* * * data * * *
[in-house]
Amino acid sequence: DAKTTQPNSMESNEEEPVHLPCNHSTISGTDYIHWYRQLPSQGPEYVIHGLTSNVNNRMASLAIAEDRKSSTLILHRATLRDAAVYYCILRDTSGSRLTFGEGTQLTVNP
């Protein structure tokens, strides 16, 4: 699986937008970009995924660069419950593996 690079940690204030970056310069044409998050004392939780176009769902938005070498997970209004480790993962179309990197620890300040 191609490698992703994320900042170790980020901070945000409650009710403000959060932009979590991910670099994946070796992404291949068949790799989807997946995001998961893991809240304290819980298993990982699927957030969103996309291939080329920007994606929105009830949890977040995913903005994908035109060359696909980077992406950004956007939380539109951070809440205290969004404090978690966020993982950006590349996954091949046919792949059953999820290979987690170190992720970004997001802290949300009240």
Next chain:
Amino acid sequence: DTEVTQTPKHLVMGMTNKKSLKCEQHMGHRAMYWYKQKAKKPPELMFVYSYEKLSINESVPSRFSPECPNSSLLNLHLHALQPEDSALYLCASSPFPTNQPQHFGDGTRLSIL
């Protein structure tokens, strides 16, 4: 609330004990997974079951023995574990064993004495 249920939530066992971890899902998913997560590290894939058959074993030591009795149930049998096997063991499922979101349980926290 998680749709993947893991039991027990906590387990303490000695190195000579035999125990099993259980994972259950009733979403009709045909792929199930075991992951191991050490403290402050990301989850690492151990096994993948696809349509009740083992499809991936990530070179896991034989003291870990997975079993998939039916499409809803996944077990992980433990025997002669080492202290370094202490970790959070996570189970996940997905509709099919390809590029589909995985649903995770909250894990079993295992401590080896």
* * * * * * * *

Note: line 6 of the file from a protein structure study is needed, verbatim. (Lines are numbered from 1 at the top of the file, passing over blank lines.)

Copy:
């Protein structure tokens, strides 16, 4: 609330004990997974079951023995574990064993004495 249920939530066992971890899902998913997560590290894939058959074993030591009795149930049998096997063991499922979101349980926290 998680749709993947893991039991027990906590387990303490000695190195000579035999125990099993259980994972259950009733979403009709045909792929199930075991992951191991050490403290402050990301989850690492151990096994993948696809349509009740083992499809991936990530070179896991034989003291870990997975079993998939039916499409809803996944077990992980433990025997002669080492202290370094202490970790959070996570189970996940997905509709099919390809590029589909995985649903995770909250894990079993295992401590080896």